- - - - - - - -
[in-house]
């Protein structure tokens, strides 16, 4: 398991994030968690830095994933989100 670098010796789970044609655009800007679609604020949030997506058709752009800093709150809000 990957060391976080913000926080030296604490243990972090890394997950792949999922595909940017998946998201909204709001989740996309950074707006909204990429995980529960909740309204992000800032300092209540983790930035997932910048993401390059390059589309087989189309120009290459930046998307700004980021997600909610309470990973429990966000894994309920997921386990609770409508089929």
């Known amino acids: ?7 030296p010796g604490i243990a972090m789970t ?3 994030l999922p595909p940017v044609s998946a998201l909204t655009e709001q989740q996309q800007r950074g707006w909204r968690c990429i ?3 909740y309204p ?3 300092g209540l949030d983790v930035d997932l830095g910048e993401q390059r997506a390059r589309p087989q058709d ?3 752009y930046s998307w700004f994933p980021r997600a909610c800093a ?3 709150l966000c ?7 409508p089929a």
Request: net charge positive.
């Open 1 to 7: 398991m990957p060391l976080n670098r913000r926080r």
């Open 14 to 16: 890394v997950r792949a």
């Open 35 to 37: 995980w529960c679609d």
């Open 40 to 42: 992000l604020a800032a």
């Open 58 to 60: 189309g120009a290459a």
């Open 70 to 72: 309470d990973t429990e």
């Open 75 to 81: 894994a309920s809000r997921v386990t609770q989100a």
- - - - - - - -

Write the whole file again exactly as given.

[in-house]
């Protein structure tokens, strides 16, 4: 398991994030968690830095994933989100 670098010796789970044609655009800007679609604020949030997506058709752009800093709150809000 990957060391976080913000926080030296604490243990972090890394997950792949999922595909940017998946998201909204709001989740996309950074707006909204990429995980529960909740309204992000800032300092209540983790930035997932910048993401390059390059589309087989189309120009290459930046998307700004980021997600909610309470990973429990966000894994309920997921386990609770409508089929």
């Known amino acids: ?7 030296p010796g604490i243990a972090m789970t ?3 994030l999922p595909p940017v044609s998946a998201l909204t655009e709001q989740q996309q800007r950074g707006w909204r968690c990429i ?3 909740y309204p ?3 300092g209540l949030d983790v930035d997932l830095g910048e993401q390059r997506a390059r589309p087989q058709d ?3 752009y930046s998307w700004f994933p980021r997600a909610c800093a ?3 709150l966000c ?7 409508p089929a």
Request: net charge positive.
């Open 1 to 7: 398991m990957p060391l976080n670098r913000r926080r």
């Open 14 to 16: 890394v997950r792949a």
């Open 35 to 37: 995980w529960c679609d």
């Open 40 to 42: 992000l604020a800032a």
């Open 58 to 60: 189309g120009a290459a």
């Open 70 to 72: 309470d990973t429990e």
């Open 75 to 81: 894994a309920s809000r997921v386990t609770q989100a």